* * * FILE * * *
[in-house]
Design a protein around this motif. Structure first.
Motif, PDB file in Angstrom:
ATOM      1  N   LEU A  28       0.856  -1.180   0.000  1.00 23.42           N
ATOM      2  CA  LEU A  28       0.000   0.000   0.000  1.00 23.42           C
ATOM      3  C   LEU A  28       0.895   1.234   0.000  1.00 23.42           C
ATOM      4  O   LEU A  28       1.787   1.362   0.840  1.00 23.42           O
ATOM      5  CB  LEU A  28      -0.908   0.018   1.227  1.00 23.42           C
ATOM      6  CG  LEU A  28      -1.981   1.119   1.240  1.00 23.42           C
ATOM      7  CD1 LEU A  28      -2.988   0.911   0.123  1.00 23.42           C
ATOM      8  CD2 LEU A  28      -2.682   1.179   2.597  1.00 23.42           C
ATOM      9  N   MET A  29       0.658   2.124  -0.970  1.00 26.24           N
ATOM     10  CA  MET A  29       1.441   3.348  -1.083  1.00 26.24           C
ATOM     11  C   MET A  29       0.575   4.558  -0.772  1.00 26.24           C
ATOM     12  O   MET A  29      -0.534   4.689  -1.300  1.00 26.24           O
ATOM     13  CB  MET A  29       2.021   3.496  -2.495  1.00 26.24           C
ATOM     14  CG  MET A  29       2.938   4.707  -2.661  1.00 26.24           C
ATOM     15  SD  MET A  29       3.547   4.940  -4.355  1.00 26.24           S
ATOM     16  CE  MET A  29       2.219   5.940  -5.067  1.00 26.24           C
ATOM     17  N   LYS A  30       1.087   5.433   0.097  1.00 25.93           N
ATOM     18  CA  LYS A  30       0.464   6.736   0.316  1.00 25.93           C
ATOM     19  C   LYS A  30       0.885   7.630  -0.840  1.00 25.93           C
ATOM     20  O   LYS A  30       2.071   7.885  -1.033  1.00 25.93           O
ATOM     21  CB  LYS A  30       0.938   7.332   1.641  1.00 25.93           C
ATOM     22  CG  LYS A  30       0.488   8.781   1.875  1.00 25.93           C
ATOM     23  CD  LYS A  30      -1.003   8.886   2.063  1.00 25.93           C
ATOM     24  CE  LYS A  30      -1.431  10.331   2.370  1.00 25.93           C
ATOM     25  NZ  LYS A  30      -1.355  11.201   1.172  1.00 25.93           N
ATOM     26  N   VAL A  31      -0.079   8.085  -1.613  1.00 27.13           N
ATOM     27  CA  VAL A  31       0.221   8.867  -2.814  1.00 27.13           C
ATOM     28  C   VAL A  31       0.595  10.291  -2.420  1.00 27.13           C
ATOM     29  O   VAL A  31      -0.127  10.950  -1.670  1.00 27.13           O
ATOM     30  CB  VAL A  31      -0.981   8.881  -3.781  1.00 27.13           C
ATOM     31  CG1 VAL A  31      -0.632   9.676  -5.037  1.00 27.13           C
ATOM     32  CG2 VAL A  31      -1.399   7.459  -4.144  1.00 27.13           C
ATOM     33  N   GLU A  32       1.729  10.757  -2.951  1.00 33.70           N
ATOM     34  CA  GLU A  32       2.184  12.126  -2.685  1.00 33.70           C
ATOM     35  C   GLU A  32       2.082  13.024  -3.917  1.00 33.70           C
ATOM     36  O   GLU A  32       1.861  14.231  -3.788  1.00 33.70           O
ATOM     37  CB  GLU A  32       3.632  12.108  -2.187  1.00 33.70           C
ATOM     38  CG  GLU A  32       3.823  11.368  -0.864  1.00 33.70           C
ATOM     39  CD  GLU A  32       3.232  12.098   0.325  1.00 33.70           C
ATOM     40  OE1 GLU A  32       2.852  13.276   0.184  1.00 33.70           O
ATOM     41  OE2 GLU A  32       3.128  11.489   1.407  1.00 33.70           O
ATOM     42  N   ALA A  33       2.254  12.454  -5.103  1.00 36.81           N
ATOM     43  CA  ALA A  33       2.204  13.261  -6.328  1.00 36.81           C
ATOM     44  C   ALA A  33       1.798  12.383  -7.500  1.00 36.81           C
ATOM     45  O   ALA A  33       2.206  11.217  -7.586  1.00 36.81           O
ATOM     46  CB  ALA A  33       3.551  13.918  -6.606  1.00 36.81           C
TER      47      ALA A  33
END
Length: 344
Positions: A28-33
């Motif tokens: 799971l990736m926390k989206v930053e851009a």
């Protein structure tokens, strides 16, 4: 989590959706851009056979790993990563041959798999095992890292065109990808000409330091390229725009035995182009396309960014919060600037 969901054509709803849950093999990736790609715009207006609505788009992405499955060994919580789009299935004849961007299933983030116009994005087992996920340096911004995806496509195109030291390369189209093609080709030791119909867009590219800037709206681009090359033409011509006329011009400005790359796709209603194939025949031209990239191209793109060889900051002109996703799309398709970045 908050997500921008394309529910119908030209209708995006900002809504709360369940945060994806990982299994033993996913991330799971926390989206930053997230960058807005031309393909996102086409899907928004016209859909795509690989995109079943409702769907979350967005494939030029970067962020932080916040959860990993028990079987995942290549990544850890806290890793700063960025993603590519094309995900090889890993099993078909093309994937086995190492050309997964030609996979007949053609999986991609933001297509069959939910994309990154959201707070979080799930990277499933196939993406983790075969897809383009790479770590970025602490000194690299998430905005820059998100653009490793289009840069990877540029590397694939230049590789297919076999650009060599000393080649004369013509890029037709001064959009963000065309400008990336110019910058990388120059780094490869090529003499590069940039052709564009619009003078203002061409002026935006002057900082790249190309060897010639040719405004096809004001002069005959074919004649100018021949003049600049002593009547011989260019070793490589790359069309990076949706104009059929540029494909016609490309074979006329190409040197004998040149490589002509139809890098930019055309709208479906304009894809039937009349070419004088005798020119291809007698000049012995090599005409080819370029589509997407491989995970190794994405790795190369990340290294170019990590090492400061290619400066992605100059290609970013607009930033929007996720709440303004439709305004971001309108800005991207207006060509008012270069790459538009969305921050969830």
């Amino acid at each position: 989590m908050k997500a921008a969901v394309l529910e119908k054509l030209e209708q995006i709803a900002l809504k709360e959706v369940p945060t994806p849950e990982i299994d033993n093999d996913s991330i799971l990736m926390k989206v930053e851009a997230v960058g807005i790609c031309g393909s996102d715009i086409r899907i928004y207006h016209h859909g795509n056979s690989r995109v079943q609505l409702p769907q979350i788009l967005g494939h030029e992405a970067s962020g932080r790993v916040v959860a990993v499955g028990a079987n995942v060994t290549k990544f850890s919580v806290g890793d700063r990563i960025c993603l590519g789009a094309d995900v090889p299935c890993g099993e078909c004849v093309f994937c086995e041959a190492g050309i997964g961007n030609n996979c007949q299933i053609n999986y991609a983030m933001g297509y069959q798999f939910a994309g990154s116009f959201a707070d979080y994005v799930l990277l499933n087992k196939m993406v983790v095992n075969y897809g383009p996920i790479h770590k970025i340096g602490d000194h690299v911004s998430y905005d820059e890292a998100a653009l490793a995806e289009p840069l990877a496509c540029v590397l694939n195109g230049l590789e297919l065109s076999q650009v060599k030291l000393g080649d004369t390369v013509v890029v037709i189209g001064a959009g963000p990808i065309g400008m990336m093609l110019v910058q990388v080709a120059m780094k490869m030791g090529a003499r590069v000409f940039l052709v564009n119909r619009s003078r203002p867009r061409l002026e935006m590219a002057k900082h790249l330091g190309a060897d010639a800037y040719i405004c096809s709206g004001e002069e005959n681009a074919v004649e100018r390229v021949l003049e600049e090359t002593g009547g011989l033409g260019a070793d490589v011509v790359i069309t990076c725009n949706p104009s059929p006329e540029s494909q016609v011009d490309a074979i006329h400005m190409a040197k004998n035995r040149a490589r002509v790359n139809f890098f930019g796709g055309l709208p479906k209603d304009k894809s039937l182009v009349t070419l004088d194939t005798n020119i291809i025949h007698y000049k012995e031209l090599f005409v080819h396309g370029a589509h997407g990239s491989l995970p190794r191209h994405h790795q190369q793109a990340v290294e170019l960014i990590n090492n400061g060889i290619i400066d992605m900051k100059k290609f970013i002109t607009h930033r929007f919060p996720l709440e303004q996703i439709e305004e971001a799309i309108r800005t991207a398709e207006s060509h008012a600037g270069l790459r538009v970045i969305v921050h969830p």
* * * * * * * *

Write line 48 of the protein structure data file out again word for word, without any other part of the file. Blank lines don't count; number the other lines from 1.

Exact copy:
ATOM     45  O   ALA A  33       2.206  11.217  -7.586  1.00 36.81           O